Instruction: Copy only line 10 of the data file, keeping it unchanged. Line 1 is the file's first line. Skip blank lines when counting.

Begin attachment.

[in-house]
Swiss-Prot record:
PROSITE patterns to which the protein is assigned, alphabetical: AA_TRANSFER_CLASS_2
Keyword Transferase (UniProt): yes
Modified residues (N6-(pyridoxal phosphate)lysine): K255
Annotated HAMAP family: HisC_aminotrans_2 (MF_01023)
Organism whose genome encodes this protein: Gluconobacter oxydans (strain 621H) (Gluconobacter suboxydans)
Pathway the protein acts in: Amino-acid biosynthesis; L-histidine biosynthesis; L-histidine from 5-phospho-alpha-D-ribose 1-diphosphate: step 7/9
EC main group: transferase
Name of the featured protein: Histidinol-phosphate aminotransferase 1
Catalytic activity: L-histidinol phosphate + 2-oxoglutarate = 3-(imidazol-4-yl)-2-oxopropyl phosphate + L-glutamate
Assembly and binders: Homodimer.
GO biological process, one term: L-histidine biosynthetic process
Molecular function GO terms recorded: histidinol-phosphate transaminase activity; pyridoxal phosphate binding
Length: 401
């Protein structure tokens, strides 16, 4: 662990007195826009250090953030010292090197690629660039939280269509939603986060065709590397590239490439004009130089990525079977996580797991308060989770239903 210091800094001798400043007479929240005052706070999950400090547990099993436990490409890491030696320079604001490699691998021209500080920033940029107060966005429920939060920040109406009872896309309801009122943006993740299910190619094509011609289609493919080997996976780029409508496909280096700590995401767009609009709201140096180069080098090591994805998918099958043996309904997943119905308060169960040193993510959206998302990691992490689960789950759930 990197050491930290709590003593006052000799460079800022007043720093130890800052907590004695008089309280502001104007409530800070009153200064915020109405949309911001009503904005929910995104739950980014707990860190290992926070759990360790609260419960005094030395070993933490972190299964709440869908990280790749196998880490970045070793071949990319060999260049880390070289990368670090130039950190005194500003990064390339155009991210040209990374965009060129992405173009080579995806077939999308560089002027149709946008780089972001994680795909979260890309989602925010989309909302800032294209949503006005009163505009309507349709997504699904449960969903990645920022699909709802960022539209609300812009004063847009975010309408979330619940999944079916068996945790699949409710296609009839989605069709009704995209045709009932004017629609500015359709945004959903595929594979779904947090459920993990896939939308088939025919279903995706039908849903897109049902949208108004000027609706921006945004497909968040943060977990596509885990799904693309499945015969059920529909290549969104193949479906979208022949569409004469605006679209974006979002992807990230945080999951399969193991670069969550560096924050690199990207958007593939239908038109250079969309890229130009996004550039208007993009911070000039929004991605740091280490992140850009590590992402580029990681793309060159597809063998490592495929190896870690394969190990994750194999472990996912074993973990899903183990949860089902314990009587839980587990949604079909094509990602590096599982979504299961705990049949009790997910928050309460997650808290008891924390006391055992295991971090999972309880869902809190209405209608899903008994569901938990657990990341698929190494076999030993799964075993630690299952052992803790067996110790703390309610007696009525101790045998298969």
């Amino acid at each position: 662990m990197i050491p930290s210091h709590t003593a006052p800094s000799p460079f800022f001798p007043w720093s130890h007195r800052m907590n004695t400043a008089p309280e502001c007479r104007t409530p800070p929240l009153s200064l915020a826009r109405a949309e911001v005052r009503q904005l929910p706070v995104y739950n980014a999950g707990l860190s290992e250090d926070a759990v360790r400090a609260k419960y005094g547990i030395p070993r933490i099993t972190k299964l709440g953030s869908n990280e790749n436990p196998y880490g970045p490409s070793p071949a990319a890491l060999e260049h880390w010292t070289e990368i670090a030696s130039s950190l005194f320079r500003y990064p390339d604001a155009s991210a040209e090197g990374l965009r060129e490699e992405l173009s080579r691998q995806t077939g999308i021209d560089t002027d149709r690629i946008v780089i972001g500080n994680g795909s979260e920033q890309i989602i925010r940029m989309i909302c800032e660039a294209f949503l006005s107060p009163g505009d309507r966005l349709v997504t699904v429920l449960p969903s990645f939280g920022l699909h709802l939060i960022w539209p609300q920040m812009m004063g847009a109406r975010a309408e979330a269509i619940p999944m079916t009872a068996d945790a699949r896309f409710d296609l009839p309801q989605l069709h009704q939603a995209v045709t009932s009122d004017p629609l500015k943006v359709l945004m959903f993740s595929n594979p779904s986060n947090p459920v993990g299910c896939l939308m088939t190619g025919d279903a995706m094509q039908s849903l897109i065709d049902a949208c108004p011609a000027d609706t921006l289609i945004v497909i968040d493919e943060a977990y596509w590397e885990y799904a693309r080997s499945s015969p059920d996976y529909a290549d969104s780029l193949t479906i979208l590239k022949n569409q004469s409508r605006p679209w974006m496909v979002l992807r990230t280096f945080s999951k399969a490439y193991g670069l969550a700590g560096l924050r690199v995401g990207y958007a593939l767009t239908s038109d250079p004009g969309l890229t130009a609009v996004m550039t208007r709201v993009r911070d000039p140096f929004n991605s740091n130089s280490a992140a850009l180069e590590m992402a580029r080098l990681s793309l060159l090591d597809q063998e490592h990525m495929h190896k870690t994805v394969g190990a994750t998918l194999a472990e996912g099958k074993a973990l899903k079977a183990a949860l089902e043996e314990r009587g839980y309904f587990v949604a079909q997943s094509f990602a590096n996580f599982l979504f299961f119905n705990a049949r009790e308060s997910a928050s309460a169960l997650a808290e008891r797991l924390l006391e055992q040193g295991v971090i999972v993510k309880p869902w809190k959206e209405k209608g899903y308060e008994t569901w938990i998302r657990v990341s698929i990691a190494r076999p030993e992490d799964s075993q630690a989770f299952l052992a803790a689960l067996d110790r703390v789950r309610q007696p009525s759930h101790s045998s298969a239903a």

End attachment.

Name of the featured protein: Histidinol-phosphate aminotransferase 1